KUT's Summer School
4:15 pm
Fri June 13, 2014

From Log to Bowl, Learning How to Turn Wood

School is finally out across Austin. But here at KUT, class is in session.

All summer long, KUT reporters will learn a new skill or craft from folks who are experts in the field. We're calling it "Summer School" and we hope you'll learn something too along the way. 

In this class, KUT's Ben Philpott gets schooled by his father, Jim, in the art of bowl turning.

The elder Philpott's garage has never had a car in it. Instead the space is filled with dozens of wood tools and machinery: from band saws, grinders, circular saws and his giant Australian made lathe. Even the mini-fridge is dedicated to his craft (no beer, only glue to help treat wood cracks).

KUT's Ben Philpott (L) watches as his father, master woodturner Jim Philpott, prepares to turn a block of wood into a bowl in his garage workshop in Kyle.
KUT's Ben Philpott (L) watches as his father, master woodturner Jim Philpott, prepares to turn a block of wood into a bowl in his garage workshop in Kyle.
Credit Joe Capraro/KUT

To get us started he sliced a log from a Bradford Pear tree in half and sticks it on the lathe.

He has logs from different kinds of trees stacked along the walls of the garage. There are also several half complete or damaged objects around the room.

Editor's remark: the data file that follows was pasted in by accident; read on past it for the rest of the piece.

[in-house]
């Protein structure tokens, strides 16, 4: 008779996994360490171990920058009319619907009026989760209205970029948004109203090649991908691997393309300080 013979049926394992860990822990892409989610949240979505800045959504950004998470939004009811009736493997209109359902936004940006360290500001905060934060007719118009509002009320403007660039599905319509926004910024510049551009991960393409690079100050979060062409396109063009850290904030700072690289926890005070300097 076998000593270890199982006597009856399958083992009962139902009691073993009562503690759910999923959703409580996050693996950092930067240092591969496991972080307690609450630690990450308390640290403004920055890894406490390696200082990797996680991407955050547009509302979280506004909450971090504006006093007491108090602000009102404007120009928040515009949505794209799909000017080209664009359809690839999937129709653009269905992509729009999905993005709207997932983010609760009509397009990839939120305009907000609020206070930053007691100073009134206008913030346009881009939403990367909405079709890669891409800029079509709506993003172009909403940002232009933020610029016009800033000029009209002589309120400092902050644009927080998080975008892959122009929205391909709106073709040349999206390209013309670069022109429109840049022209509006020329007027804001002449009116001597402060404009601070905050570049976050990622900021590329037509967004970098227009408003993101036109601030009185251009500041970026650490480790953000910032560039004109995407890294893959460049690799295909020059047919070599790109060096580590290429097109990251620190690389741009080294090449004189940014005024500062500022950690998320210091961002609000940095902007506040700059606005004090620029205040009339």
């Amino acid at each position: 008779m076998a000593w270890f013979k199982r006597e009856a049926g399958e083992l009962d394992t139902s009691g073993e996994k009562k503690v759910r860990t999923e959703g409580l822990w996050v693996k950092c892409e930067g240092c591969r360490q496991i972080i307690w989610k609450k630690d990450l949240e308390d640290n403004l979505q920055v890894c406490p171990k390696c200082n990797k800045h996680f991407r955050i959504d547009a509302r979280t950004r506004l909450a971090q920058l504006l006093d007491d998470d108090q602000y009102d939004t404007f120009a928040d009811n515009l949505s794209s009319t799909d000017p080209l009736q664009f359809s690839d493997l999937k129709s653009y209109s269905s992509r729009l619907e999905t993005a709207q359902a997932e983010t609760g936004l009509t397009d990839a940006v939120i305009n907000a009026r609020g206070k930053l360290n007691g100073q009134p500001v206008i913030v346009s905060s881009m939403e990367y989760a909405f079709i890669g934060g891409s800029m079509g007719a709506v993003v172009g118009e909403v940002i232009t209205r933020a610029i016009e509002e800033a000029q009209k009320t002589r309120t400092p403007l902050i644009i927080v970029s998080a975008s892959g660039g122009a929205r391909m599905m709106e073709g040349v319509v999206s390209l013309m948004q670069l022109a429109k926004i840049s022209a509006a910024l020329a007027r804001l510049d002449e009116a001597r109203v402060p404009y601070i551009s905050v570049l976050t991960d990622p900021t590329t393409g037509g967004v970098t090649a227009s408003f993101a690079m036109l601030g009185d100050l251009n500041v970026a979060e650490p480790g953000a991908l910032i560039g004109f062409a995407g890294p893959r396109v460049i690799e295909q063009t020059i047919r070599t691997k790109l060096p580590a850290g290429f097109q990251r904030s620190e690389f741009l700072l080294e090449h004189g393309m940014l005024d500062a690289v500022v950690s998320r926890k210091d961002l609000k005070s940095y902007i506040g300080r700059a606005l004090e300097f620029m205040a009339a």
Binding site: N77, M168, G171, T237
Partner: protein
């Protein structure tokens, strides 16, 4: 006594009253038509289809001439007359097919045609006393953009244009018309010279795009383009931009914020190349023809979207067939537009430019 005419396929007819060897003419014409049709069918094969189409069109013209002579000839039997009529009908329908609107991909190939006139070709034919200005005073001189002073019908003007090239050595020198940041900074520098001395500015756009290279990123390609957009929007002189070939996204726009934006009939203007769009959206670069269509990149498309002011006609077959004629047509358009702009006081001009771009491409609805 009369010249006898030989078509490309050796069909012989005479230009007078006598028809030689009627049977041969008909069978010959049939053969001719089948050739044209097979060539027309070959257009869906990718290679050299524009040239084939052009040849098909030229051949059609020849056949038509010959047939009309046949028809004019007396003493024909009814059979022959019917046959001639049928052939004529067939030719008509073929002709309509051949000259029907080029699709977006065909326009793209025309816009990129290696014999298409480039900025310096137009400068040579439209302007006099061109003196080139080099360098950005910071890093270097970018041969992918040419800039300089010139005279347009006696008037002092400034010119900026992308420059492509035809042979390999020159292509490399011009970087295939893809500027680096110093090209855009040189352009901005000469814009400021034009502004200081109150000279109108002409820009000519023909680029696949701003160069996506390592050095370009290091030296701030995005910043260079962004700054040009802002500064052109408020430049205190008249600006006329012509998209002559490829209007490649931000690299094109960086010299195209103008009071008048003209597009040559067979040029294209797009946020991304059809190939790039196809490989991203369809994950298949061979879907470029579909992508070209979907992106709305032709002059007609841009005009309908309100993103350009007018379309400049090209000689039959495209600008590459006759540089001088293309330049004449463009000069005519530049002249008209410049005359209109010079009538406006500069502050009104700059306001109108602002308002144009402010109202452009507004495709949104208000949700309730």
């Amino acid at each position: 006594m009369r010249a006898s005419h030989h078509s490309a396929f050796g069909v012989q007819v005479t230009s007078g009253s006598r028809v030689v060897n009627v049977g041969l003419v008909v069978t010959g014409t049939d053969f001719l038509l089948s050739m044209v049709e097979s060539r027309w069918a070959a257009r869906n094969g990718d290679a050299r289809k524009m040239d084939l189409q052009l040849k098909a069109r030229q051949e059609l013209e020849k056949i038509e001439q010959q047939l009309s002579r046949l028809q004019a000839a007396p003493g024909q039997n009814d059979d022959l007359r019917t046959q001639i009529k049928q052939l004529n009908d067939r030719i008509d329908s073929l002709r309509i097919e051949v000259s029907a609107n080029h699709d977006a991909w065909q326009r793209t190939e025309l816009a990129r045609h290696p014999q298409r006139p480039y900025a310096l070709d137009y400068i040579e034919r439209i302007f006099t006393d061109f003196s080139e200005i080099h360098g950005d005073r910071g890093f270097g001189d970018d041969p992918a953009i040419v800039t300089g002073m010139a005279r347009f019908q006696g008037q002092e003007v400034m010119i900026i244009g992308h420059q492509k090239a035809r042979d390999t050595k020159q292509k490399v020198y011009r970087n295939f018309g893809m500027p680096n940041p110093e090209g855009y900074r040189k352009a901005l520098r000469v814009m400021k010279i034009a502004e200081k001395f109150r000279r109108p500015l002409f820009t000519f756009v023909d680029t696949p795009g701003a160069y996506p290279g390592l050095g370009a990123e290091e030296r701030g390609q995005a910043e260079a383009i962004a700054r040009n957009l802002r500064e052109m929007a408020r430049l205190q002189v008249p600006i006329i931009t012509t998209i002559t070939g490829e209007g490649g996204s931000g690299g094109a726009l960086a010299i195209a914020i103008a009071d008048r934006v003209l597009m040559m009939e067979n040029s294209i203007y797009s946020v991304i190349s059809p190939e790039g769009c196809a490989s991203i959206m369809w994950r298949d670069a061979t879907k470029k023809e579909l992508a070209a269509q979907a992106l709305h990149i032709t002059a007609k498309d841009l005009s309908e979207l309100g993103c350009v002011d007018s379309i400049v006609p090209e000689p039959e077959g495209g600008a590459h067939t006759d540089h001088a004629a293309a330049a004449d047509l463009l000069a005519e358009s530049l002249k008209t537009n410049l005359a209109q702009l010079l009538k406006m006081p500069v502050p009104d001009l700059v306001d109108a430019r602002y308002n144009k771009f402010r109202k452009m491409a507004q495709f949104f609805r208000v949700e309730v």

"People who are going to do something like this need to have a tolerance for failure," Philpott says. "In woodturning, when you're working on something and there's a big catch and you take a big chunk out of the wood, we call those 'redesign opportunities' because the design you had in mind is no longer possible."

Philpott uses a long wood gouge to chip away at the log. The chipping soon turns to shaving, as the wood spins and ribbons of wood fly into the air around him. Once the outside of the bowl looks right, he flips the wood on the lathe and begins to hollow out the inside.

Since a freshly downed tree still holds lots of water, he applies a thick white paste to help the bowl dry out slowly and evenly. Drying too quickly will warp the bowl, and even crack it. He then sets the bowl aside, and lets it dry for about six months. Only then will he put it back on the lathe, reshape it, and apply a finish to complete the project.

Master woodturner Jim Philpott displays a bowl with a rough bark edge, which he describes as a difficult challenge to produce, though the effort can result in beautiful and unique pieces.
Master woodturner Jim Philpott displays a bowl with a rough bark edge, which he describes as a difficult challenge to produce, though the effort can result in beautiful and unique pieces.
Credit Joe Capraro/KUT

Philpott has been turning wood for years. But he's always trying to improve his skills or learn a new trick.

He's a member of the Central Texas Woodturners Association and attends the groups monthly meetings every third Tuesday. But he also uses the internet to get new ideas and learn new techniques.

"Every night I go to YouTube and there will be a new video of woodturning," Philpott says.
"Some of them are wonderful. Some are not so good. But if I want to learn something new I'll type it in and someone will have done it. And it will give me an idea."